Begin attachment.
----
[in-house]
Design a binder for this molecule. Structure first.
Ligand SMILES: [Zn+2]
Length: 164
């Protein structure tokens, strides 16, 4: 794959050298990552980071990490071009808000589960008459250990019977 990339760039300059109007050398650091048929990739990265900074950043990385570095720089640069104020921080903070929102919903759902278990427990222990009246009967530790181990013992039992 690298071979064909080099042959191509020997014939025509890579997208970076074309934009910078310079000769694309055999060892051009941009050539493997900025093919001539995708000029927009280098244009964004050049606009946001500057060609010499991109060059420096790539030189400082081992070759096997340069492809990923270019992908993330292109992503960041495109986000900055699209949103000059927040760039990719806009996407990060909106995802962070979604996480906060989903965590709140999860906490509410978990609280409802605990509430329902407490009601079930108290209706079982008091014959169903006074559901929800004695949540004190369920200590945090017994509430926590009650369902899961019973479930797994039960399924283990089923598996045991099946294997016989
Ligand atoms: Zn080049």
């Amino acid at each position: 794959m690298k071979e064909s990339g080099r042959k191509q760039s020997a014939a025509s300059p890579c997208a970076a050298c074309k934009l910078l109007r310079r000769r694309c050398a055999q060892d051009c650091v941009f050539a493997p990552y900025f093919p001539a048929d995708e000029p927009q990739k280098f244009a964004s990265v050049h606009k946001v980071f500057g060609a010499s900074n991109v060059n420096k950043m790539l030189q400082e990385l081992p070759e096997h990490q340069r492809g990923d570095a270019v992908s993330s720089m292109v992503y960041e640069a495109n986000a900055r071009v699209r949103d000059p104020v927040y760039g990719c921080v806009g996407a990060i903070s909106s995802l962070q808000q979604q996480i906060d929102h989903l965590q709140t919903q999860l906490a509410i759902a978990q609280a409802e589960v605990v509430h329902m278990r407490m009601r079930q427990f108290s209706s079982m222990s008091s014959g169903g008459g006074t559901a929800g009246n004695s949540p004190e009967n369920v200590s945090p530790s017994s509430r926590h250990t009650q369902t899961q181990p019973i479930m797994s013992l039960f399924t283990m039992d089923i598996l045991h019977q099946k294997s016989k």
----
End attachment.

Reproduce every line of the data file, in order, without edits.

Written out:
[in-house]
Design a binder for this molecule. Structure first.
Ligand SMILES: [Zn+2]
Length: 164
């Protein structure tokens, strides 16, 4: 794959050298990552980071990490071009808000589960008459250990019977 990339760039300059109007050398650091048929990739990265900074950043990385570095720089640069104020921080903070929102919903759902278990427990222990009246009967530790181990013992039992 690298071979064909080099042959191509020997014939025509890579997208970076074309934009910078310079000769694309055999060892051009941009050539493997900025093919001539995708000029927009280098244009964004050049606009946001500057060609010499991109060059420096790539030189400082081992070759096997340069492809990923270019992908993330292109992503960041495109986000900055699209949103000059927040760039990719806009996407990060909106995802962070979604996480906060989903965590709140999860906490509410978990609280409802605990509430329902407490009601079930108290209706079982008091014959169903006074559901929800004695949540004190369920200590945090017994509430926590009650369902899961019973479930797994039960399924283990089923598996045991099946294997016989
Ligand atoms: Zn080049």
């Amino acid at each position: 794959m690298k071979e064909s990339g080099r042959k191509q760039s020997a014939a025509s300059p890579c997208a970076a050298c074309k934009l910078l109007r310079r000769r694309c050398a055999q060892d051009c650091v941009f050539a493997p990552y900025f093919p001539a048929d995708e000029p927009q990739k280098f244009a964004s990265v050049h606009k946001v980071f500057g060609a010499s900074n991109v060059n420096k950043m790539l030189q400082e990385l081992p070759e096997h990490q340069r492809g990923d570095a270019v992908s993330s720089m292109v992503y960041e640069a495109n986000a900055r071009v699209r949103d000059p104020v927040y760039g990719c921080v806009g996407a990060i903070s909106s995802l962070q808000q979604q996480i906060d929102h989903l965590q709140t919903q999860l906490a509410i759902a978990q609280a409802e589960v605990v509430h329902m278990r407490m009601r079930q427990f108290s209706s079982m222990s008091s014959g169903g008459g006074t559901a929800g009246n004695s949540p004190e009967n369920v200590s945090p530790s017994s509430r926590h250990t009650q369902t899961q181990p019973i479930m797994s013992l039960f399924t283990m039992d089923i598996l045991h019977q099946k294997s016989k």